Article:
Queensland considers hard line against plastics

State proposes new measures to protect environment.

The Queensland Government has opened consultation to determine if a state-wide ban on removing single-use plastics should be enforced.

The ban, which would remove single-use plastics from the environment, would initially focus on straws, drink stirrers, cutlery and plates.

Minister for Environment and the Great Barrier Reef Leeanne Enoch said single-use plastics were an increasing problem with damaging impacts on Queensland’s environment and marine life.

“It’s time to decide the future of single-use plastics in Queensland,” Ms Enoch said.

“Plastic pollution in our environment affects every aspect of our lives – from the water we drink and the food we consume to the plants, animals and outdoor places we all love and enjoy.

“We are looking to limit and, where necessary, ban the supply of most single-use plastic products starting with straws, stirrers, plates, cutlery and cups.”

Ms Enoch said steps had already been introduced to limit the supply of specific plastic products.

“The Queensland Government has already taken steps to reduce plastic with the ban on single-use plastic bags and the introduction of Containers for Change,” she said.

“Those initiatives have seen hundreds of millions of individual plastic products kept from entering the environment and now we’re looking ahead.

“In the future, we’ll also consider other forms of single-use items such as coffee cups, heavyweight plastic shopping bags and polystyrene containers, but right now we’re focused on straws, stirrers, plates and cutlery.”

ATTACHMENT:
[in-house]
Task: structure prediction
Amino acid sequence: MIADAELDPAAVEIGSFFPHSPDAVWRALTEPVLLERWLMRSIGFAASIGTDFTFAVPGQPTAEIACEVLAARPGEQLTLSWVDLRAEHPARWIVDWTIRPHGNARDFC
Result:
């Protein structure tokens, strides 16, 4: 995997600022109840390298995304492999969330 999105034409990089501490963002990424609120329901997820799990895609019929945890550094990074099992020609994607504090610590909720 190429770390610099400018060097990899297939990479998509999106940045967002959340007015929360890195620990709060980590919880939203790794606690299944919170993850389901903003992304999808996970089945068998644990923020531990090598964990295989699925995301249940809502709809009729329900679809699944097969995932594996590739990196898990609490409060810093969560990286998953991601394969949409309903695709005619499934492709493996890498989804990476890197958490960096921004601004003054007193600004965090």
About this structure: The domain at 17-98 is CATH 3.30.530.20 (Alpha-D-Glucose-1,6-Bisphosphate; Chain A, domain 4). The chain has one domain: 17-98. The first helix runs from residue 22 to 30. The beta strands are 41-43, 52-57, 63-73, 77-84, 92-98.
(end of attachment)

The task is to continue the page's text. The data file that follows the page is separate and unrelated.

Ms Enoch said Queenslanders were encouraged to provide their feedback on single-use plastics by visiting www.qld.gov.au/reducingplastic. 

“We want to hear from Queenslanders as we take this next step,” Ms Enoch said.

“The consultation is very important because we want to make sure we hear everyone’s perspectives on single-use plastics.

“Importantly, we are committed to ensuring the needs of people with a disability and the aged-care sector are taken into account.”

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Queensland Disability Advisory Council chair Sharon Boyce said many within the disabled community relied heavily on straws.

“This is a conversation our community welcomes – how those of us with high needs can find a practical solution to plastic straws,” Ms Boyce said.

“We are also concerned about the environmental impact of single-use plastics and we support measures that will reduce environmental destruction.”

Submissions are open from 13 March to 15 April 2020 and will help shape legislation that moves Queensland towards a zero-waste economy by 2050. For more information, visit www.qld.gov.au/reducingplastic.